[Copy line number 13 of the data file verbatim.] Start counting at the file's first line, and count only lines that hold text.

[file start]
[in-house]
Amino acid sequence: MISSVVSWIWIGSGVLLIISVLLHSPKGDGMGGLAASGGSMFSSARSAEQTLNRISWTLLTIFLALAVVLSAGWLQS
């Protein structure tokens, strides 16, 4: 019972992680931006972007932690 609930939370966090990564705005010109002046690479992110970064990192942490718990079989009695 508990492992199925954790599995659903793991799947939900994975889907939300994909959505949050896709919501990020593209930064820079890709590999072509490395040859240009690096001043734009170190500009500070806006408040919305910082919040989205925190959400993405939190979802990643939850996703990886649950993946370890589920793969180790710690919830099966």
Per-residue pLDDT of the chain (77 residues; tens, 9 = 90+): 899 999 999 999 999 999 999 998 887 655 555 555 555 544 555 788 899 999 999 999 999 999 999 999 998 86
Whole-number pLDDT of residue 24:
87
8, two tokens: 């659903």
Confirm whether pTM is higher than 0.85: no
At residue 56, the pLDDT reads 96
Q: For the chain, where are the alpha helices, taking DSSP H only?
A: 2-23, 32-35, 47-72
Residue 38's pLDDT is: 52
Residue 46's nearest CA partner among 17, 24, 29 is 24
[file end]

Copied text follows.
Residue 46's nearest CA partner among 17, 24, 29 is 24